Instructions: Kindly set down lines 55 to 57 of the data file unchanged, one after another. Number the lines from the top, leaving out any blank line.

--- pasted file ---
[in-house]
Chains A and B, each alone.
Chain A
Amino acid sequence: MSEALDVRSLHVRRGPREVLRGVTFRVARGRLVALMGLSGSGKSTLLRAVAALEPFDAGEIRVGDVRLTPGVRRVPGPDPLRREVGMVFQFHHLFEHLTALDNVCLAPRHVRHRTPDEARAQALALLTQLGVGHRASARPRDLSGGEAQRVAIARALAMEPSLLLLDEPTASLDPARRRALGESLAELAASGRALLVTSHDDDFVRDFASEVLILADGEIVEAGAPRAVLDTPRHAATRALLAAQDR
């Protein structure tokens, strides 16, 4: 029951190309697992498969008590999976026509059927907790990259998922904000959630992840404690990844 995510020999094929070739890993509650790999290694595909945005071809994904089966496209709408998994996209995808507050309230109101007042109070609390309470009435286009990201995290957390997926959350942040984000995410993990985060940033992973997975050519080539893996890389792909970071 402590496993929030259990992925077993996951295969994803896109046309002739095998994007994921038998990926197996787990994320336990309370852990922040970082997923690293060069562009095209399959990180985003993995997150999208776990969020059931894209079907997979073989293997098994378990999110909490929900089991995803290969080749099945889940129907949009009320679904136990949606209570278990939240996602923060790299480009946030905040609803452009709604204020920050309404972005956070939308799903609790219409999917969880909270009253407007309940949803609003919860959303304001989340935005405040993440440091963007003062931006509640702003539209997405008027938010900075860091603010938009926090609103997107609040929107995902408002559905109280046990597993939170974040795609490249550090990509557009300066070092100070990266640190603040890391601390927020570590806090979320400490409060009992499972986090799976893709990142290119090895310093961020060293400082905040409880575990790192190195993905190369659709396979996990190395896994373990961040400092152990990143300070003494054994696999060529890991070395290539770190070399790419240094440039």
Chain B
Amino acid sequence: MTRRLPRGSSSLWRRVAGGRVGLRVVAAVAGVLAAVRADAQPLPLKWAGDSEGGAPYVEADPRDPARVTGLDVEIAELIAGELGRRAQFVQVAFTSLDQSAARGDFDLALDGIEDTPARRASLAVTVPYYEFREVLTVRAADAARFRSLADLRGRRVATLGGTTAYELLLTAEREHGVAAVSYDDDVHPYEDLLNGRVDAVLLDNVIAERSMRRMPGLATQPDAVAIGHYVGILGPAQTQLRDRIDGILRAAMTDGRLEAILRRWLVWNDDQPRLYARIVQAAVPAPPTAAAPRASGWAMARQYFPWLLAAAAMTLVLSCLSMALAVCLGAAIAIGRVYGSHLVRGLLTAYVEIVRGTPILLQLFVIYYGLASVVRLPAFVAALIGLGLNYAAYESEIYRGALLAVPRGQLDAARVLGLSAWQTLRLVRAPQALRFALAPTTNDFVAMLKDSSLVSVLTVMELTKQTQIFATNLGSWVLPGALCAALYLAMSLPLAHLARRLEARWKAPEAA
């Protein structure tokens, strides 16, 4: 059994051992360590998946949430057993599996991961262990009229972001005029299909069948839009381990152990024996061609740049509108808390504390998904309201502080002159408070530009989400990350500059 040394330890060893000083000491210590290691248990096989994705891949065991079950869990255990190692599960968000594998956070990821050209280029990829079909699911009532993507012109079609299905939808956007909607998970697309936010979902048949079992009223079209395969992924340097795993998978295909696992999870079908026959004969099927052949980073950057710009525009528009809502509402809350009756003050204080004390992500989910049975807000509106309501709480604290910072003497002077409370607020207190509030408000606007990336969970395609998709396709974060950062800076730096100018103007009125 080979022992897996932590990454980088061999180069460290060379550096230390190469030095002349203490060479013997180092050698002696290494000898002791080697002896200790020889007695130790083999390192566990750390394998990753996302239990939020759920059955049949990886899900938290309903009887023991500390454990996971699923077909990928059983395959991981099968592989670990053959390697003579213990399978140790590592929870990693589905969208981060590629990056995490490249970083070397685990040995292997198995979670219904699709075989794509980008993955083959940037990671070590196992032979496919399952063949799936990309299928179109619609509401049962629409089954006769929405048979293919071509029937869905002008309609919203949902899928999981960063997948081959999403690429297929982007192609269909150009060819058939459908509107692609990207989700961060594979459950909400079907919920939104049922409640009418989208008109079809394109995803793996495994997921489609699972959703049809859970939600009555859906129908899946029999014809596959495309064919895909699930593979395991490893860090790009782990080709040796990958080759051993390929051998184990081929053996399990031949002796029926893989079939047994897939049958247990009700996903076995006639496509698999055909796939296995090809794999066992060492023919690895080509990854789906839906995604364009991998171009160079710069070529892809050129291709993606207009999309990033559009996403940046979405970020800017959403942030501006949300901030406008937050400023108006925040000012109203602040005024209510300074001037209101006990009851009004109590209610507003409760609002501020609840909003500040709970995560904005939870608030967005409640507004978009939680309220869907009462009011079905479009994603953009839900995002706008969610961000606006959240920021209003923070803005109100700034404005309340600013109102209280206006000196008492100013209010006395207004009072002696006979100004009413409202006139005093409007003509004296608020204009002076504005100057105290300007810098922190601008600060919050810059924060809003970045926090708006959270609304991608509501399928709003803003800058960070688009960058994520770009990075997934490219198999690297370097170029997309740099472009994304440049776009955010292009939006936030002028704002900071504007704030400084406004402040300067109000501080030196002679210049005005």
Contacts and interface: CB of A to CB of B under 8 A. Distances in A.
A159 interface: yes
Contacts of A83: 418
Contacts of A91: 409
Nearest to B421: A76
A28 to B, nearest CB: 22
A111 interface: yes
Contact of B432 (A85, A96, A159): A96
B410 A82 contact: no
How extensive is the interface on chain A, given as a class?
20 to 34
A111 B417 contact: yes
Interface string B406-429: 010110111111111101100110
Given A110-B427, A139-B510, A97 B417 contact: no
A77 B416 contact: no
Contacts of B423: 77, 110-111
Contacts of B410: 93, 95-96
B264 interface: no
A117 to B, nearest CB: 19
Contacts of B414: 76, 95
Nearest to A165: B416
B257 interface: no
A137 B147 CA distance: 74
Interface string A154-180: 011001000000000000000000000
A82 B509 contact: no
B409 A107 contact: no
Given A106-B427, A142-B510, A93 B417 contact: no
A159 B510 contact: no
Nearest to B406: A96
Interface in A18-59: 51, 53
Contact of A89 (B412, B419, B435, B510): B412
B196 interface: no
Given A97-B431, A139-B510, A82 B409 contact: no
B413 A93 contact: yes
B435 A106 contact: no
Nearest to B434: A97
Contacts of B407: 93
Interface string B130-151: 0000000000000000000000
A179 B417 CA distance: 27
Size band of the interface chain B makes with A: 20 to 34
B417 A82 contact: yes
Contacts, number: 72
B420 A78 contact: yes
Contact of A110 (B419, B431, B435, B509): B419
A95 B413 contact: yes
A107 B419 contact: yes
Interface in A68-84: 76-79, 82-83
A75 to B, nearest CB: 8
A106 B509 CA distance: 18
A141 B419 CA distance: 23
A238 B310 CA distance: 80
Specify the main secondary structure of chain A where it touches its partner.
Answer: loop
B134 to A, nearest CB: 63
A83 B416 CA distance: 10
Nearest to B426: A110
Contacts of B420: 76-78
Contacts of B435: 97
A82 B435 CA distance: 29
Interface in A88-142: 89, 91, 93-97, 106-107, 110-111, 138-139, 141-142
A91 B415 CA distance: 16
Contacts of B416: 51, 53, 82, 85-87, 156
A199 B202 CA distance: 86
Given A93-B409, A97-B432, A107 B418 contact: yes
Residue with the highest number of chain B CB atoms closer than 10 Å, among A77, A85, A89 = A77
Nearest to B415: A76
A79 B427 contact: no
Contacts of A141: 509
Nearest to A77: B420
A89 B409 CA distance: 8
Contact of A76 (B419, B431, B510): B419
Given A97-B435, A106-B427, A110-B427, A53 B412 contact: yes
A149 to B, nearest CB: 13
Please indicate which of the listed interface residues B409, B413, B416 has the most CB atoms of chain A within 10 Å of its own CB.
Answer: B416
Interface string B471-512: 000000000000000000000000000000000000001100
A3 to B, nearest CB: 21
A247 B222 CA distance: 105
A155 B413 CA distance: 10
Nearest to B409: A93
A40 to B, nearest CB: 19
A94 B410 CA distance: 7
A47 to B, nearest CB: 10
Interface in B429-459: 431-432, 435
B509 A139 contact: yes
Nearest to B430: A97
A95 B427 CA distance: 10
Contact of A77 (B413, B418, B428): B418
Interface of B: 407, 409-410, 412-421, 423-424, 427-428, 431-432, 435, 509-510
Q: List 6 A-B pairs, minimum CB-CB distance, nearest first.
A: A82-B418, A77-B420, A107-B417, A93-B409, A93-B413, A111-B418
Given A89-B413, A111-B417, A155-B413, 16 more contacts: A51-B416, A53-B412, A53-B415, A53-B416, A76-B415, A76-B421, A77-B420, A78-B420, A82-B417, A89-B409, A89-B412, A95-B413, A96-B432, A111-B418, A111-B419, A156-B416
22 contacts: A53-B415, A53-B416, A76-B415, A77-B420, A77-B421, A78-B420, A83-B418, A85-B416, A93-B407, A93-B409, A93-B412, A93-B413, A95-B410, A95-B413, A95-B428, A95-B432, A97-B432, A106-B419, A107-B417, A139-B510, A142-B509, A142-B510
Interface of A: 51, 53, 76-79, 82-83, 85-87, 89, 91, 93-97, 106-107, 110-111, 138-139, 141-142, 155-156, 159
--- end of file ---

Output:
Interface in A68-84: 76-79, 82-83
A75 to B, nearest CB: 8
A106 B509 CA distance: 18